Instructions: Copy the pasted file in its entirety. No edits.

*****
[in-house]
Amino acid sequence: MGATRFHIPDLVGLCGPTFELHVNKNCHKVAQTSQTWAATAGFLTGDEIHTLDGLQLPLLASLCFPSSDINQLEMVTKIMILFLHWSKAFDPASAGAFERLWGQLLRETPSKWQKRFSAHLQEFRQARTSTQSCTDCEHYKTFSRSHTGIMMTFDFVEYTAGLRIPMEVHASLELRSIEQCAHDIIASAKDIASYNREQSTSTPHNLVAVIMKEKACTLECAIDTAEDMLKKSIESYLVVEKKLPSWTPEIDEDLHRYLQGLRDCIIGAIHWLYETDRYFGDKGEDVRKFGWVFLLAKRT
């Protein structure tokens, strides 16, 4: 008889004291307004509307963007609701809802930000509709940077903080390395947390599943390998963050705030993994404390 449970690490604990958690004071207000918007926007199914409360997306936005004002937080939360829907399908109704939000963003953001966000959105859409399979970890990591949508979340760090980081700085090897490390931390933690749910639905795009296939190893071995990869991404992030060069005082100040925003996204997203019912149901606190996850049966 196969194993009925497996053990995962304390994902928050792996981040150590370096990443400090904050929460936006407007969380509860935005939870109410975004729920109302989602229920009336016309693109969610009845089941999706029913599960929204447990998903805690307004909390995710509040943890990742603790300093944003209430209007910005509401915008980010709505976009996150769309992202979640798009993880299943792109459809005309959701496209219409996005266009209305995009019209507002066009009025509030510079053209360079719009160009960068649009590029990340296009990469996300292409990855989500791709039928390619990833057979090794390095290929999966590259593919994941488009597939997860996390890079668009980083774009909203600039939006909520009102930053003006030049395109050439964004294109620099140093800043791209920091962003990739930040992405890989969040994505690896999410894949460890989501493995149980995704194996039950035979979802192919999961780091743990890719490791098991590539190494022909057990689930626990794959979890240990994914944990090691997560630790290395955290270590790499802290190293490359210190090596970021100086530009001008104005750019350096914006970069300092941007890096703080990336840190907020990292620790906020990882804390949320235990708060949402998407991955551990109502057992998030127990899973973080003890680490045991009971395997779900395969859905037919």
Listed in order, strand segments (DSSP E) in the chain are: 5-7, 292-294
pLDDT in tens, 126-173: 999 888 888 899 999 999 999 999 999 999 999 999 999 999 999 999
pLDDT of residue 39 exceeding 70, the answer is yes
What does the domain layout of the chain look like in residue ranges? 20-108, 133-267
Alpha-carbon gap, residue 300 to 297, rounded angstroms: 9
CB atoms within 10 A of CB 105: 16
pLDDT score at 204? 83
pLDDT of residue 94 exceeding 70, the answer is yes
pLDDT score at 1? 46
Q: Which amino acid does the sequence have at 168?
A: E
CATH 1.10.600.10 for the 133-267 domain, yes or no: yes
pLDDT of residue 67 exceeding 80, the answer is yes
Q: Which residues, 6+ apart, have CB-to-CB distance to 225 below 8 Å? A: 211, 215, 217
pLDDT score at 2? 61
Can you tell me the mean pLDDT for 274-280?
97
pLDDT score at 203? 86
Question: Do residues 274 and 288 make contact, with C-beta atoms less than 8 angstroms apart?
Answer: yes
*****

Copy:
[in-house]
Amino acid sequence: MGATRFHIPDLVGLCGPTFELHVNKNCHKVAQTSQTWAATAGFLTGDEIHTLDGLQLPLLASLCFPSSDINQLEMVTKIMILFLHWSKAFDPASAGAFERLWGQLLRETPSKWQKRFSAHLQEFRQARTSTQSCTDCEHYKTFSRSHTGIMMTFDFVEYTAGLRIPMEVHASLELRSIEQCAHDIIASAKDIASYNREQSTSTPHNLVAVIMKEKACTLECAIDTAEDMLKKSIESYLVVEKKLPSWTPEIDEDLHRYLQGLRDCIIGAIHWLYETDRYFGDKGEDVRKFGWVFLLAKRT
């Protein structure tokens, strides 16, 4: 008889004291307004509307963007609701809802930000509709940077903080390395947390599943390998963050705030993994404390 449970690490604990958690004071207000918007926007199914409360997306936005004002937080939360829907399908109704939000963003953001966000959105859409399979970890990591949508979340760090980081700085090897490390931390933690749910639905795009296939190893071995990869991404992030060069005082100040925003996204997203019912149901606190996850049966 196969194993009925497996053990995962304390994902928050792996981040150590370096990443400090904050929460936006407007969380509860935005939870109410975004729920109302989602229920009336016309693109969610009845089941999706029913599960929204447990998903805690307004909390995710509040943890990742603790300093944003209430209007910005509401915008980010709505976009996150769309992202979640798009993880299943792109459809005309959701496209219409996005266009209305995009019209507002066009009025509030510079053209360079719009160009960068649009590029990340296009990469996300292409990855989500791709039928390619990833057979090794390095290929999966590259593919994941488009597939997860996390890079668009980083774009909203600039939006909520009102930053003006030049395109050439964004294109620099140093800043791209920091962003990739930040992405890989969040994505690896999410894949460890989501493995149980995704194996039950035979979802192919999961780091743990890719490791098991590539190494022909057990689930626990794959979890240990994914944990090691997560630790290395955290270590790499802290190293490359210190090596970021100086530009001008104005750019350096914006970069300092941007890096703080990336840190907020990292620790906020990882804390949320235990708060949402998407991955551990109502057992998030127990899973973080003890680490045991009971395997779900395969859905037919």
Listed in order, strand segments (DSSP E) in the chain are: 5-7, 292-294
pLDDT in tens, 126-173: 999 888 888 899 999 999 999 999 999 999 999 999 999 999 999 999
pLDDT of residue 39 exceeding 70, the answer is yes
What does the domain layout of the chain look like in residue ranges? 20-108, 133-267
Alpha-carbon gap, residue 300 to 297, rounded angstroms: 9
CB atoms within 10 A of CB 105: 16
pLDDT score at 204? 83
pLDDT of residue 94 exceeding 70, the answer is yes
pLDDT score at 1? 46
Q: Which amino acid does the sequence have at 168?
A: E
CATH 1.10.600.10 for the 133-267 domain, yes or no: yes
pLDDT of residue 67 exceeding 80, the answer is yes
Q: Which residues, 6+ apart, have CB-to-CB distance to 225 below 8 Å? A: 211, 215, 217
pLDDT score at 2? 61
Can you tell me the mean pLDDT for 274-280?
97
pLDDT score at 203? 86
Question: Do residues 274 and 288 make contact, with C-beta atoms less than 8 angstroms apart?
Answer: yes